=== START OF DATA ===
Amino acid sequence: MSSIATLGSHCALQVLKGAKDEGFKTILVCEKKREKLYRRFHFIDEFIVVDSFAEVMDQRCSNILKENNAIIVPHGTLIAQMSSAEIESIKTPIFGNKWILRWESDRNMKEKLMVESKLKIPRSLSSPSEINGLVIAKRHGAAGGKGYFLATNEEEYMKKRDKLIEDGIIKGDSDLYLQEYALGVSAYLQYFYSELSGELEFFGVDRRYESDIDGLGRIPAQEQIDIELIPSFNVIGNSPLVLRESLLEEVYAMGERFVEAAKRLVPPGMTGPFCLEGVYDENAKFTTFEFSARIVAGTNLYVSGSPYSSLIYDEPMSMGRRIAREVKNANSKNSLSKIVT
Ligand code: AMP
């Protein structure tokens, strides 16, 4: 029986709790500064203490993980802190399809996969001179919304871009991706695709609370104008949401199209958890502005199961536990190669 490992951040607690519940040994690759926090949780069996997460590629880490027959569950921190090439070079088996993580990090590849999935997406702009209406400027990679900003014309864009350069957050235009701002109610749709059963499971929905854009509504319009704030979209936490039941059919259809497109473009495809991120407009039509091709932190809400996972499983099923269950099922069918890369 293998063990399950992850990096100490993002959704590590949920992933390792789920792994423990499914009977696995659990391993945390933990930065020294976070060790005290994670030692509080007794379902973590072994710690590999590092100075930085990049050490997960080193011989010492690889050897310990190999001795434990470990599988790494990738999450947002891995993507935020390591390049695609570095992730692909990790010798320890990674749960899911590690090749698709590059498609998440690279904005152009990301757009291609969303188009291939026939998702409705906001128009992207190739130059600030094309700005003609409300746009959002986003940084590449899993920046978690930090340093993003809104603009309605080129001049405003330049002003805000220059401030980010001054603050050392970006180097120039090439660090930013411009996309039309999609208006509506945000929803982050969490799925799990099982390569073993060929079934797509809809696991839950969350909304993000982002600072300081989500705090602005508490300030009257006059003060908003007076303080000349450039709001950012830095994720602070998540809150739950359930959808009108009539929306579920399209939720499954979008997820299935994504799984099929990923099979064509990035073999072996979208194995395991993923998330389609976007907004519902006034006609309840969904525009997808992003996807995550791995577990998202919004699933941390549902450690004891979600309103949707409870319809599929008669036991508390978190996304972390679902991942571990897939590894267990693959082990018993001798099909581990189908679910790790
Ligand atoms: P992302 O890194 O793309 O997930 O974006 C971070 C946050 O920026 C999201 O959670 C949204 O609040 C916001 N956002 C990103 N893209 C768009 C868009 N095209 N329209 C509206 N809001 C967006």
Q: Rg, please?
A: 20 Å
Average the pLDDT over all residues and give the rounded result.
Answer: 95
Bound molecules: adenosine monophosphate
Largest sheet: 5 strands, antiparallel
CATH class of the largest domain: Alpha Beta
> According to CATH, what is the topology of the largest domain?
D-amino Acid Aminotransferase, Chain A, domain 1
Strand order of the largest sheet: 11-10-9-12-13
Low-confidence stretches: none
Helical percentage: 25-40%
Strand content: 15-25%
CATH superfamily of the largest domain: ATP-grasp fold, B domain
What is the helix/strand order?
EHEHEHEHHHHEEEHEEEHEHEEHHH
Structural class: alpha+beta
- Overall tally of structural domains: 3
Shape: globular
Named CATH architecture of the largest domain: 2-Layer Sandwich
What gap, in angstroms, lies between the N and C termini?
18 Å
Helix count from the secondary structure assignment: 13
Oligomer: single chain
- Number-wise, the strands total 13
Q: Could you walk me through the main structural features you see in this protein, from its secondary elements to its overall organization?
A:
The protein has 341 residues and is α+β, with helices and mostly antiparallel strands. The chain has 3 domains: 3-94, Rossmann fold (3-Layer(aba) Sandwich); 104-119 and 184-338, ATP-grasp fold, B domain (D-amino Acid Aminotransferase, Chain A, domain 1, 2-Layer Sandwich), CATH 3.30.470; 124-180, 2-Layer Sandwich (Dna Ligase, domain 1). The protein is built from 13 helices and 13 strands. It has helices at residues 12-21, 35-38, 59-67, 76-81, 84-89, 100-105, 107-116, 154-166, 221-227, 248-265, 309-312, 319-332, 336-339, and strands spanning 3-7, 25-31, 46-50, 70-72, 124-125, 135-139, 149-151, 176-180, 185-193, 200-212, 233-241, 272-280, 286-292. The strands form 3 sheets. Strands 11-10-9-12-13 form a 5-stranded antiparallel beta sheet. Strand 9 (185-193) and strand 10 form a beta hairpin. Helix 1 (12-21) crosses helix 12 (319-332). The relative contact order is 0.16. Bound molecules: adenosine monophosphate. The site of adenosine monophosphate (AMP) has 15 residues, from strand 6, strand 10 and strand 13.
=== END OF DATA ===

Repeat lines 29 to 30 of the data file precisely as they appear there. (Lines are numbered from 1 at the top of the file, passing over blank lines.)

- Number-wise, the strands total 13
Q: Could you walk me through the main structural features you see in this protein, from its secondary elements to its overall organization?